Update: 4/3/2020: Reports indicate that Ethiopia has lifted internet and communications restrictions in the areas they were imposed. To protect public health and human rights, it remains urgent to maintain an open and secure internet in every country, especially where authorities are deliberately cutting access, throttling the internet, or blocking apps and services.
As the world deals with the spread of COVID-19 (“coronavirus”), reliable, correct information is one of the most important tools people have to protect themselves. Access to accurate information will save lives, help us protect ourselves and our loved ones, and allow us to carry on and care for one another in our communities. During this crisis and beyond, an accessible, secure, and open internet will play a significant role in keeping us safe.
Attempts by governments to cut or restrict access to the internet, block social media platforms or other communications services, or slow down internet speed deny people access to information, just when it is of paramount importance that we stop the spread of the virus. As part of the global #KeepItOn coalition, we reiterate: any and all deliberate interference with the right to access and share information — a human right and vital to any public health and humanitarian response to COVID-19 — must end immediately.
#Ethiopia – join the call on Prime Minister Abiy Ahmed to restore access to the internet in the Oromia region
Since January 2019, Ethiopia has imposed an internet shutdown in the Oromia region, amid conflict between government forces and armed groups. The spread of COVID-19 has been declared a pandemic, and Ethiopia has since confirmed several cases. There are already many people in quarantine and self-isolation. Amid fears of the spread of the virus, the government has been publishing content online, and traditional news media outlets are instructing citizens on handwashing and hygiene and other precautionary measures.
Publishing information online and via the media makes sense, but the government is also denying access to this valuable information to the population affected by internet shutdowns, and as a result, that population may further escalate the spread of the virus. As we have seen in recent days in China, governments can block access to information regarding COVID-19. In blocking such information, there are severe consequences for public health. Unless people take action, these consequences will only get more severe with the passage of time. We therefore call on the government of Ethiopia and particularly Prime Minister Abiy Ahmed, to restore free and full access to the internet in the Oromia region immediately and keep it on.
#India – join the call on the government of India to restore high-speed internet connection in Kashmir and Jammu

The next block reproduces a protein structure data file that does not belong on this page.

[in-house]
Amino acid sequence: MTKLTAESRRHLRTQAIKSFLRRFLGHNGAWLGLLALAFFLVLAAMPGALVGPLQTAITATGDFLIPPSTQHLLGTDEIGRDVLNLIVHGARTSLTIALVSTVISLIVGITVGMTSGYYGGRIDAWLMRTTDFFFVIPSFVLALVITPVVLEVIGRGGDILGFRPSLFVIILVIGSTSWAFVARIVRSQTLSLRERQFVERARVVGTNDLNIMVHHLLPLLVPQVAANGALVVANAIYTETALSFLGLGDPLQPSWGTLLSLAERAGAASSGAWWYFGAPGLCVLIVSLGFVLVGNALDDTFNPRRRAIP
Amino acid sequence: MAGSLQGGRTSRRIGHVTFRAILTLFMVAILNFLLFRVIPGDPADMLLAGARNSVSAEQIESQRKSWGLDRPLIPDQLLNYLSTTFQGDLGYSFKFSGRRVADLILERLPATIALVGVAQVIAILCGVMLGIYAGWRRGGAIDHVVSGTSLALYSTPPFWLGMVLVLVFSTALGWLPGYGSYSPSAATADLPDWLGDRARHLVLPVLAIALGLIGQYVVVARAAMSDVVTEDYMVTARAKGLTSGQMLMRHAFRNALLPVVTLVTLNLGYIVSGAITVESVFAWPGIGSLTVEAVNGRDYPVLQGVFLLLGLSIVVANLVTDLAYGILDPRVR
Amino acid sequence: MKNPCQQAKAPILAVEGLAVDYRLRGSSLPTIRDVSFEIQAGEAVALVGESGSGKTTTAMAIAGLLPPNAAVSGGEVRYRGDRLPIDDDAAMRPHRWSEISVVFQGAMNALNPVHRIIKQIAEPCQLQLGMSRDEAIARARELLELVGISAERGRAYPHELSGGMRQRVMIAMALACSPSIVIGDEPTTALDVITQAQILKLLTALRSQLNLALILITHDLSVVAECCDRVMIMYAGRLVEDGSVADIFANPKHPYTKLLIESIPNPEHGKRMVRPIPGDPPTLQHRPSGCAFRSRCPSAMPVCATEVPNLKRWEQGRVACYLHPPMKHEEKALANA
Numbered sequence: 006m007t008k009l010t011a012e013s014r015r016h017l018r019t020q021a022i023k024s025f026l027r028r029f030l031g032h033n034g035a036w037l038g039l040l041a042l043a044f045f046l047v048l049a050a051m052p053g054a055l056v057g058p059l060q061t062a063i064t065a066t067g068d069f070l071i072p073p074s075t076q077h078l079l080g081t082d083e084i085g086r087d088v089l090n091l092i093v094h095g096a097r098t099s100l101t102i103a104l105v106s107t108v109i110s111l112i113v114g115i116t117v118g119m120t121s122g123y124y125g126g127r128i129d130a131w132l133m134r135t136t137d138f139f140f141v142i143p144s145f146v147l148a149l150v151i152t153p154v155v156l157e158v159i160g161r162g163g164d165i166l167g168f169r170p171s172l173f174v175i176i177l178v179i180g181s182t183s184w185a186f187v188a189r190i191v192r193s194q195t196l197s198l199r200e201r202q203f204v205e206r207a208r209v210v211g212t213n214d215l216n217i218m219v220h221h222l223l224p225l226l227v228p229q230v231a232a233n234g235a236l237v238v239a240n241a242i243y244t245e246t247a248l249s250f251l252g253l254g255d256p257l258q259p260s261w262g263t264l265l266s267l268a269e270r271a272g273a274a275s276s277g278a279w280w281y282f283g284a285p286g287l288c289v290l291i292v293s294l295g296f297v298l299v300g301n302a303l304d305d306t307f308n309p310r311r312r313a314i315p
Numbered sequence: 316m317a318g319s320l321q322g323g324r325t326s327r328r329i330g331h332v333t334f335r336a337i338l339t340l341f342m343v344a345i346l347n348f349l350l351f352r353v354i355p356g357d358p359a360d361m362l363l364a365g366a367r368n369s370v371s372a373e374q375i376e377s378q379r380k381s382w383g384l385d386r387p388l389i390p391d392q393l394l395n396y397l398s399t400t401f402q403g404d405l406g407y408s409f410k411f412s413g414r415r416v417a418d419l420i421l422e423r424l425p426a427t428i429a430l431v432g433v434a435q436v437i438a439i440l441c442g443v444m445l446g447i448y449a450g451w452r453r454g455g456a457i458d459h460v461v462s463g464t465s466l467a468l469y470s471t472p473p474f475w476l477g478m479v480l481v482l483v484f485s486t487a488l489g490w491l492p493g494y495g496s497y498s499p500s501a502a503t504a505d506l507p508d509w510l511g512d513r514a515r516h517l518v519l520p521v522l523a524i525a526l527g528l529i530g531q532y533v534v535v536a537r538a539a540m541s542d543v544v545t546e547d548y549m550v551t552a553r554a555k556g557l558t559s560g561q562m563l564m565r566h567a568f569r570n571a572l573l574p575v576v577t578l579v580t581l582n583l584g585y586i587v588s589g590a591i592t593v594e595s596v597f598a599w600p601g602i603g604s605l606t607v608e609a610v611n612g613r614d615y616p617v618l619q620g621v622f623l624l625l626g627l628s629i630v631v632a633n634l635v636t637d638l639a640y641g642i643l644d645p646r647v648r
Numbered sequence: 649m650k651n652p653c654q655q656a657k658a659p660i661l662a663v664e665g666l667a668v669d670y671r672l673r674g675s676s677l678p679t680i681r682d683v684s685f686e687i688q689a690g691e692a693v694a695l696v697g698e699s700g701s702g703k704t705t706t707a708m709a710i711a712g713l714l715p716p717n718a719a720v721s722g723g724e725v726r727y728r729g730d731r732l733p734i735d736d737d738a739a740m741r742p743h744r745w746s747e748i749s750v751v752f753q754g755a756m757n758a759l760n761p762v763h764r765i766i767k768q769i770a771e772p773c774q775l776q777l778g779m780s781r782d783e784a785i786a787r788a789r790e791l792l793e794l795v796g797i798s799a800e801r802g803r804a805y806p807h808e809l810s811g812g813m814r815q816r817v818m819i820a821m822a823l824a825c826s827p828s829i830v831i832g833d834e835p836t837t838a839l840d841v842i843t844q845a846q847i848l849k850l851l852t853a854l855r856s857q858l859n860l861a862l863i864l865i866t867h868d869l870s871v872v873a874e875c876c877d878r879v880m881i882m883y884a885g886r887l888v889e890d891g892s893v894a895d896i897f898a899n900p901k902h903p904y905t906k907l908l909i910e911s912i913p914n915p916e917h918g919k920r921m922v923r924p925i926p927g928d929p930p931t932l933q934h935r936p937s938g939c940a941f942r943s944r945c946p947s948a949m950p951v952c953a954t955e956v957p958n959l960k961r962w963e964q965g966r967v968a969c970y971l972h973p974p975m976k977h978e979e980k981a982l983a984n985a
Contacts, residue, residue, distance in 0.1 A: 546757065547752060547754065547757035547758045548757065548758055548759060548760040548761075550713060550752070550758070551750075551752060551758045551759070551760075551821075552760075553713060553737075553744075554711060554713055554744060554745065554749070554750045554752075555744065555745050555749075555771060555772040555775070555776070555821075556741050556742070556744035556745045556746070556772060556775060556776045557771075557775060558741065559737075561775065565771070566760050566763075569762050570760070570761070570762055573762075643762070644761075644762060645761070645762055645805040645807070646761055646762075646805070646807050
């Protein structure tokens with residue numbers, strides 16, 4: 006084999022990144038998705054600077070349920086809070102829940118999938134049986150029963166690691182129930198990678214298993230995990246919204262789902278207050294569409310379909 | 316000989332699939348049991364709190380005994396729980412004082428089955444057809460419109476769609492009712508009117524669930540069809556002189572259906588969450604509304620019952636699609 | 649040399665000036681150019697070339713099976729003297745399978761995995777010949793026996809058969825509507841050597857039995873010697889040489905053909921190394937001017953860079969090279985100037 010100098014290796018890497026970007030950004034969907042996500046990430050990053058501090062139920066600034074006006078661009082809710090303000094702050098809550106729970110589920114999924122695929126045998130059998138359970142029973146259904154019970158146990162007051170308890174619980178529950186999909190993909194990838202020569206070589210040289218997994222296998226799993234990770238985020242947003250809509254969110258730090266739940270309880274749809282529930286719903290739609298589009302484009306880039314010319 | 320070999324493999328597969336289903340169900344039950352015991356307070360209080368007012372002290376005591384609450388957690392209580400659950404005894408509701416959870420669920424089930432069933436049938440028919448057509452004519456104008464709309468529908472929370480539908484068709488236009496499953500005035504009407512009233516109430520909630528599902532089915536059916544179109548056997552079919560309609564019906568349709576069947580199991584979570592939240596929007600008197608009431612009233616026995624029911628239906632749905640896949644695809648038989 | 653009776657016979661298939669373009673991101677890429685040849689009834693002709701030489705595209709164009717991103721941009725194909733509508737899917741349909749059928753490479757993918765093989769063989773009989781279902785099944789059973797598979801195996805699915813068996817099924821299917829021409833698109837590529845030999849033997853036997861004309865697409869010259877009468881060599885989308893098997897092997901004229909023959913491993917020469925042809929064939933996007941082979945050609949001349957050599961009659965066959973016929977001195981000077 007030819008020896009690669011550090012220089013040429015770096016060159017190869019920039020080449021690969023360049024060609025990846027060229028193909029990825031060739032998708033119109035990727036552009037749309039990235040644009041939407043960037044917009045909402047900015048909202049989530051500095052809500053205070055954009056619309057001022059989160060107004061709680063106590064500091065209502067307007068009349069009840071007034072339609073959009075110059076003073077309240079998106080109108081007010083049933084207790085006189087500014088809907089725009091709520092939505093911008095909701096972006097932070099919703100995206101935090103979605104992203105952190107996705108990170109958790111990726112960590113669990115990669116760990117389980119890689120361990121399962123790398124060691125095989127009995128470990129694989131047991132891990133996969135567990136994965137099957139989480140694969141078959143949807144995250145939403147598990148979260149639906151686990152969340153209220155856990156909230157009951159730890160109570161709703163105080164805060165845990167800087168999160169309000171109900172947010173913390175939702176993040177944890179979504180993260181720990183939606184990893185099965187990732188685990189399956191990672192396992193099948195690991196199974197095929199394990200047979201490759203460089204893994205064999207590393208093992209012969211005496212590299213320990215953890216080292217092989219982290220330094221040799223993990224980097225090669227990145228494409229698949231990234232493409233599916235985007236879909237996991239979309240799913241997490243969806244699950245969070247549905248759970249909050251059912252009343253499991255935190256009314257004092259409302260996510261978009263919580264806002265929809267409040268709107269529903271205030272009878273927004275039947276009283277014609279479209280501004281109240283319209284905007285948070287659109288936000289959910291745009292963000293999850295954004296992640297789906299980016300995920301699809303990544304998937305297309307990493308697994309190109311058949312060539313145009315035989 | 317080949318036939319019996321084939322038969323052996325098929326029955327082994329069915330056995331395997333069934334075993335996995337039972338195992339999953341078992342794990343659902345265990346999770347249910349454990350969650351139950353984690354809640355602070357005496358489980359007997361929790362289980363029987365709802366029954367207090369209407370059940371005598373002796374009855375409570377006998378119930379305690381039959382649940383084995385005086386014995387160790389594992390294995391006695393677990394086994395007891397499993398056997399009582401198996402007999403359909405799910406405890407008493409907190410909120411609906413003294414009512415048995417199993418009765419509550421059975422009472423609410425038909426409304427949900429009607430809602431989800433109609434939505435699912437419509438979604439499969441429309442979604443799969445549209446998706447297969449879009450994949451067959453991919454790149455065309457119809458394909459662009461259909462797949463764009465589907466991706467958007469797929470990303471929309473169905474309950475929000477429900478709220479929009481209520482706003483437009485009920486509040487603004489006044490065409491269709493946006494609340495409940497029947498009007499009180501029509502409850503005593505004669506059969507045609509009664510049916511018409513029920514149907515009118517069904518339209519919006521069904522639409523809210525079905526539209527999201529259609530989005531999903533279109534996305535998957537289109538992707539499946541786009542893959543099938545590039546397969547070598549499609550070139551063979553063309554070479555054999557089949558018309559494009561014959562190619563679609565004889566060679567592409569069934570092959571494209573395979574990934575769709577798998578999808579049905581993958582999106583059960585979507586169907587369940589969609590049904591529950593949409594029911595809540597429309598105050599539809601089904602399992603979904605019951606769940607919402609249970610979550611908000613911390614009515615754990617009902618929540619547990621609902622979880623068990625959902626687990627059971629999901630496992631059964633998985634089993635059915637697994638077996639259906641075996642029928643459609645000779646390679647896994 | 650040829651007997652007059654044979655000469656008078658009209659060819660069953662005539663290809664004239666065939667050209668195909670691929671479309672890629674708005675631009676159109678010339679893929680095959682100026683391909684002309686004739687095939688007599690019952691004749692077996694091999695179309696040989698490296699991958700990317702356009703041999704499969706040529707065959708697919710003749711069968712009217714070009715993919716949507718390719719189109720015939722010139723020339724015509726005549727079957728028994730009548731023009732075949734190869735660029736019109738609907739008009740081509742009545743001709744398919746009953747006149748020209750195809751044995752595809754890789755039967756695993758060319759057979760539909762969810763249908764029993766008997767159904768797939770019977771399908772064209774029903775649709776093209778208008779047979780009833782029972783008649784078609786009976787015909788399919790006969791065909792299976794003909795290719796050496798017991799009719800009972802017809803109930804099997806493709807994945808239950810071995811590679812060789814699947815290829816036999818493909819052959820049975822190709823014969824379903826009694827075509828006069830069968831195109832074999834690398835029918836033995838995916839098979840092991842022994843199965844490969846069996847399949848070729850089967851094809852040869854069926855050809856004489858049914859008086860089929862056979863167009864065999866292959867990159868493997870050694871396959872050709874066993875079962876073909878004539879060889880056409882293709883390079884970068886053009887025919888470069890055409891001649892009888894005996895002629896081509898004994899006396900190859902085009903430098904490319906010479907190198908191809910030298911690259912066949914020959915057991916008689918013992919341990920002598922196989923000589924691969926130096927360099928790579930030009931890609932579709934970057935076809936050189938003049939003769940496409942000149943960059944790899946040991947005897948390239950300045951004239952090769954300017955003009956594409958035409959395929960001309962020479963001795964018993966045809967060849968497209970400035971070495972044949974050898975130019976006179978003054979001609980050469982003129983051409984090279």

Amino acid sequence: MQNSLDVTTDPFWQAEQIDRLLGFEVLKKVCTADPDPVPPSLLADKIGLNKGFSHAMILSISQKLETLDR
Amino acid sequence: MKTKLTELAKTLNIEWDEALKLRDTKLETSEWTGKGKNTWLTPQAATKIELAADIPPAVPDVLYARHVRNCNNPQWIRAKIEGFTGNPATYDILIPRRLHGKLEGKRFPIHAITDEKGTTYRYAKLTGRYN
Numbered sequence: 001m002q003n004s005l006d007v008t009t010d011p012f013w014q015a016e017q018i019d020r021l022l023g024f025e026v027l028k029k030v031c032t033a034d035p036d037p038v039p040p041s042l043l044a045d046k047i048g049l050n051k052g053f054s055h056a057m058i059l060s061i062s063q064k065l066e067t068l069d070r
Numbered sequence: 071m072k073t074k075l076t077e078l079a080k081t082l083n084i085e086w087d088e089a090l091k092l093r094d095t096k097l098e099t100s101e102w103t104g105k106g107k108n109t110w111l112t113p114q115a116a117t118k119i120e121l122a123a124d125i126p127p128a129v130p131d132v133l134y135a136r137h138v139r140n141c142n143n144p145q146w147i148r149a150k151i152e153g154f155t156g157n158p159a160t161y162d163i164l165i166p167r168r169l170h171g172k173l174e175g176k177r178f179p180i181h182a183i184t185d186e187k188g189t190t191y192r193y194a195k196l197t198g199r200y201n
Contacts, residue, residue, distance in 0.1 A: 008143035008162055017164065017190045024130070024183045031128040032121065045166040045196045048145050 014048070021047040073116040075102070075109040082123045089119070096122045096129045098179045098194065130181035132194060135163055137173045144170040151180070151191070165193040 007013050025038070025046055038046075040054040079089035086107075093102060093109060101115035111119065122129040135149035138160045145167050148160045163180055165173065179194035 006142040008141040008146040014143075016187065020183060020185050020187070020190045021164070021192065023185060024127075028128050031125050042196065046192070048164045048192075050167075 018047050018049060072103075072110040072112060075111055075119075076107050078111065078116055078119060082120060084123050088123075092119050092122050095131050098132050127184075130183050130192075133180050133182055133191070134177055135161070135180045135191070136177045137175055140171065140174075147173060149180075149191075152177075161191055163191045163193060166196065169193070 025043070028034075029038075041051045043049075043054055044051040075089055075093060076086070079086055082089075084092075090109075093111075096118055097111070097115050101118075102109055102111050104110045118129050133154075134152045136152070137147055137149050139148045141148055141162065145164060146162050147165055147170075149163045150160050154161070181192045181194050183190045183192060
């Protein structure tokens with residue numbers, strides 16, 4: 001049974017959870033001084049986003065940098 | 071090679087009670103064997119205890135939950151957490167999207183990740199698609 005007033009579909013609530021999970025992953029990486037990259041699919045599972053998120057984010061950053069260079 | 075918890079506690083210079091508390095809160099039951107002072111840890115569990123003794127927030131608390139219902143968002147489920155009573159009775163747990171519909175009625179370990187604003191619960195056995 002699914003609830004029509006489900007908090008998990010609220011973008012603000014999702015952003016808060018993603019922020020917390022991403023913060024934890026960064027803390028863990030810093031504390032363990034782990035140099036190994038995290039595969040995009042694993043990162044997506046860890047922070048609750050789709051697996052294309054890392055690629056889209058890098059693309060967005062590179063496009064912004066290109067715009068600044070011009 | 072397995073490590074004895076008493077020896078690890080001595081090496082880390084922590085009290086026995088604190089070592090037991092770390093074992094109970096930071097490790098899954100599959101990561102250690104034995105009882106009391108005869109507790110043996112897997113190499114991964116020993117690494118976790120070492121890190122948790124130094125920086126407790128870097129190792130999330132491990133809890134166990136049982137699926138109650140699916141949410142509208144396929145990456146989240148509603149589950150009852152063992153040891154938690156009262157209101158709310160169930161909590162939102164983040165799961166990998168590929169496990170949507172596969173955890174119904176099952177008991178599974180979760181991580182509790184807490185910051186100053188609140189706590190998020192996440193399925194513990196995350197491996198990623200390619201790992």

In August 2019, the Indian government shut down the internet in the Jammu and Kashmir regions. After over 175 days of internet shutdowns, the government has enabled 2G mobile data connections in Kashmir and Jammu region. Although 2G internet connection is better than no connection at all, this means that many people cannot meaningfully access information online.
As the COVID-19 cases in India multiply, the people of Jammu and Kashmir have the right to access vital information that can save their lives and help stop the spread of the virus. As of the date of this post, India currently has 125 confirmed cases, and at least three of those cases are in Jammu and Kashmir. Restricting internet speed and making it harder to access information online is directly countering the global fight against COVID-19, and the Indian government should restore unfettered access to the internet immediately.
#Myanmar – join the call to restore internet access in Rakhine and Chin states
Myanmar has had among the most prolonged internet shutdowns since 2019 in nine townships of Rakhine and Chin. The government’s military and armed groups are currently in violent armed conflict. In addition to the conflict restricting people’s ability to move around and receive government services, the internet blackout prevents people from getting informed, protecting themselves and their loved ones, and stopping the spread of the virus throughout their communities.
Information is power. The residents of Rakhine and Chin states can protect themselves, take precautionary measures, and follow the guidelines of the respective health officials if they have access to accurate information. We call on Ann Sang Sui Kee’s government to turn the internet back on and stop the information blackout at this critical time in the fight against COVID-19.
#Bangladesh – join the call to end the blackout in Rohingya refugee camps
In 2019 the Bangladeshi government shut down mobile internet connection in refugee camps where mostly Rohingyas reside. Refugees have been barred from using SIM cards and were forced into an internet blackout.
As of the date of this post, Bangladesh has ten confirmed cases of COVID-19. Places like refugee camps that are densely populated put people at greater risk; in the unfortunate event that someone falls ill, the virus could spread easily in the camps. Humanitarian missions and the response to a public health crisis in the digital age must ensure access to the internet, as a complement to food, shelter, and security. A secure, reliable, and open internet can help refugees and others learn about measures to prevent the spread of the disease. We call on the government of Bangladesh to help protect vulnerable people seeking refuge in the country by immediately ending all restrictions to internet access.
Follow our work on the protection of digital rights in the context of the COVID-19 pandemic.